This is a fast-paced psychological thriller which was right up my street. The dual plot lines worked well and both stories were compelling. The characters were well-developed and there were enough twists and turns to keep this reader happy. A high level of suspense makes for a gripping read and the plot turned out to have even more complexity than I thought at first. Highly recommended.
The New Girl by Harriet Evans ****
There’s more than one new girl in this story written primarily from the viewpoints of Margot, Maggie and Winnie. Maggie is the first newbie to enter the story when she takes over Margot’s highly desirable job of fashion editor at the prestigious Haute magazine during her maternity leave and becomes ‘the new girl’ in the office. It is hard for her to find a way to step into the successful shoes of the glamorous Margot but soon Maggie is doing her dream job so effectively that Margot worries she might have lost the position forever.
Meanwhile, Margot’s best friend Winnie who is also pregnant, tragically loses her baby soon after his birth. She promptly cuts Margot out of her life, bringing back memories of the time she did this once before – the worst time of Margot’s life – when Helen, another ‘new girl’ at school destroyed their closeness. As Margot’s anxieties increase, fuelled by the hate messages she is receiving on social media from ‘Helenknows’ we realise that the shadows of the past have had far-reaching consequences and that Margot has secrets that she needs to hide. When Margot’s daughter Lila (the third new girl) is born, Margot is consumed by the thought that she might lose her just as Winnie lost Jack. Margot begins to unravel – she just can’t work out who is on her side.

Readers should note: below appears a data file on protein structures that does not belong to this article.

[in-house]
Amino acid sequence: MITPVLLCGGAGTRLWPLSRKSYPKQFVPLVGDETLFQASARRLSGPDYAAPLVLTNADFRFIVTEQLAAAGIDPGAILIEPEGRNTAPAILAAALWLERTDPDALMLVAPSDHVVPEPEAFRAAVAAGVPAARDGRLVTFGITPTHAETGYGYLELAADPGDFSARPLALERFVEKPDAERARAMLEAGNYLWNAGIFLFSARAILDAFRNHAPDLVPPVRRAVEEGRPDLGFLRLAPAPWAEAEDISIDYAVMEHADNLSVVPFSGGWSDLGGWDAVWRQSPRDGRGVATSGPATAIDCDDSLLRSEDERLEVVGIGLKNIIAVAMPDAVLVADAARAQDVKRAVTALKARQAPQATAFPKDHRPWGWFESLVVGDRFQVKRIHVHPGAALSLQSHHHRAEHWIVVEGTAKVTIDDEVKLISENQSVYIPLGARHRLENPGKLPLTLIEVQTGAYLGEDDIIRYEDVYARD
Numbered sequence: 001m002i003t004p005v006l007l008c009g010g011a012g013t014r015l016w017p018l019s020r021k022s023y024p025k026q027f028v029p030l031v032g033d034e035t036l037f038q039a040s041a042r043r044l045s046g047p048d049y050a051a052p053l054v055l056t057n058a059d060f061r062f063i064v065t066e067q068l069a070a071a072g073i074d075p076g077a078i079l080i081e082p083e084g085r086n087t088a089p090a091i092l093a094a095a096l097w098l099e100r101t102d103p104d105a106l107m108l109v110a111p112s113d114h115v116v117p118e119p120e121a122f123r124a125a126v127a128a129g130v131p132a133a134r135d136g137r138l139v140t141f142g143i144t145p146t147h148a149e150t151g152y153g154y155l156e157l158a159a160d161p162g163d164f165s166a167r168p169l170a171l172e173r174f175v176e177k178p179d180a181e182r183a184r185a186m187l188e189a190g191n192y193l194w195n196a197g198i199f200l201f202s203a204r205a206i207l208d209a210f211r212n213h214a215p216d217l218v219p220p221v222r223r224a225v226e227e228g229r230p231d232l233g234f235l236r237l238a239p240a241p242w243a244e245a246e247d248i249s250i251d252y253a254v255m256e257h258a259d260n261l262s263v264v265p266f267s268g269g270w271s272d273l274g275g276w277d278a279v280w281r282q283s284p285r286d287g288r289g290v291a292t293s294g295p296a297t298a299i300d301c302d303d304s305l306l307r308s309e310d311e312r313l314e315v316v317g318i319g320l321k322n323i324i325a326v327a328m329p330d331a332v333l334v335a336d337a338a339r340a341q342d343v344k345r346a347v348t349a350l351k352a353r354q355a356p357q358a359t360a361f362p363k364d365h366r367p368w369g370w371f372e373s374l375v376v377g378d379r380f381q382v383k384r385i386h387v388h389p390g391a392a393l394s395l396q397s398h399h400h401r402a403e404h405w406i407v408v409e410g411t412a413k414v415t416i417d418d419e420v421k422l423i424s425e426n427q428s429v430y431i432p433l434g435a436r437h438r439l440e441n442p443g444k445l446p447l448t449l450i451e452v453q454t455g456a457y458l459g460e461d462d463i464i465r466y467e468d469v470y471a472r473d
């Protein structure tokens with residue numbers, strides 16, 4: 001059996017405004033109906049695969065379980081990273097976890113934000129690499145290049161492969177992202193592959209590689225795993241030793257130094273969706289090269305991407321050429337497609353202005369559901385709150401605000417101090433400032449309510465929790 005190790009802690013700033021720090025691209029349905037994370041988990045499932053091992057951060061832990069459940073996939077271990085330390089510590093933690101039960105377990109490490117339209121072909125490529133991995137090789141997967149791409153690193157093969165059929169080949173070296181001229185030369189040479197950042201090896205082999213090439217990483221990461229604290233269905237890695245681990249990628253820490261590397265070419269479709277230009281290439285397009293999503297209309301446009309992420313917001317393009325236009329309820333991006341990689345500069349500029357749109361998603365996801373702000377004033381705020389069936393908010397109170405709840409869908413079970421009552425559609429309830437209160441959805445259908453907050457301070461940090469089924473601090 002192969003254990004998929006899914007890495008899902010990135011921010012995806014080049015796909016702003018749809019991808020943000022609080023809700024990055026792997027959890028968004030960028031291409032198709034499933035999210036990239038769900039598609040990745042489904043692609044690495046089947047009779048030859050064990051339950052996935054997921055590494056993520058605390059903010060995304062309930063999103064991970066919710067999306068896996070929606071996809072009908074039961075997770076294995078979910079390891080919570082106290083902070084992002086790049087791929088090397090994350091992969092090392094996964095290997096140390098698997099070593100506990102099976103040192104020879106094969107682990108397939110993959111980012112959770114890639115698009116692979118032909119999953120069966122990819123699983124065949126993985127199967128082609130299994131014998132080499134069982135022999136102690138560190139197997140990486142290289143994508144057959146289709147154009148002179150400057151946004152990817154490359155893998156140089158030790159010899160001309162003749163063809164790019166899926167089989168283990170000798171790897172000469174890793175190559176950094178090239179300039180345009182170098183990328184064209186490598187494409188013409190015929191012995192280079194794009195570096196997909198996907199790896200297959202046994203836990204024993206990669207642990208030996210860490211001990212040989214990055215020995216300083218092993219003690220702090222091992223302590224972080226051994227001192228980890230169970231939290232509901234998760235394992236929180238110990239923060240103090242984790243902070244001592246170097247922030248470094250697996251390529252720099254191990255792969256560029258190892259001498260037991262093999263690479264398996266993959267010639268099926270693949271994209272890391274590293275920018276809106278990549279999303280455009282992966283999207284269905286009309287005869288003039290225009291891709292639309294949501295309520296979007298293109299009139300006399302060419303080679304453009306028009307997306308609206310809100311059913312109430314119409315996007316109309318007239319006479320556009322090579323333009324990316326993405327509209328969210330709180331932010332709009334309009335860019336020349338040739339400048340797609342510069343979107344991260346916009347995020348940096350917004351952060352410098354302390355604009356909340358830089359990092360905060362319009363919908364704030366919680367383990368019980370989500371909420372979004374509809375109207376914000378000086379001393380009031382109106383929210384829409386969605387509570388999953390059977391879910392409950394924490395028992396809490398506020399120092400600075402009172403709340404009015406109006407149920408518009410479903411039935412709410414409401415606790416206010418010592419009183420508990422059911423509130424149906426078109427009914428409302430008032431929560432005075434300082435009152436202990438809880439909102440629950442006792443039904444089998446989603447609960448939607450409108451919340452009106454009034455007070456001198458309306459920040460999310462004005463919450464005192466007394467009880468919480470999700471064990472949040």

The first third of the story is fairly slow but interesting as the characters develop and the story is set up. In the second third, the pace quickens and in the third there are enough twists and turns to keep most readers guessing. I really enjoyed this book with its background of the world of fashion, while the themes of loss, female friendship and rivalry and anxiety were compelling. I didn’t fully warm to any of the characters and I found the ending slightly disappointing, but nevertheless this was a gripping read and I would highly recommend.
Grandmothers by Sally Vickers *****
The story weaves between three main narrators – Nan, Blanche and Minna, all grandmothers in their way. Nan is grandmother to Billy; while her relationship with her son and daughter-in-law can be tricky, she shares with Billy a love of humour, adventure and exploration and it falls to her to teach him about some of the more difficult aspects of life – such as lying and death (!)
A row with her son means Blanche is separated from her beloved granddaughter Kitty, but after a period of going off the rails (during which time, she meets Nan) she manages to see her granddaughter all the same and discovers a new life for herself too along the way.
Minna is no relation to the sensitive and imaginative Rose, but plays the role of grandmother by caring for her, and sharing both her world of childish imagination in toys that come alive and her pleasure in children’s literature. But when family problems threaten to move Rose’s family to Glasgow and away from Minna, Minna finds new strength and purpose. Even she is powerless to help Rose when Rose is thrust into an adult world that shocks her, but by then, Rose and Minna have met Nan and Billy and together they find a way through.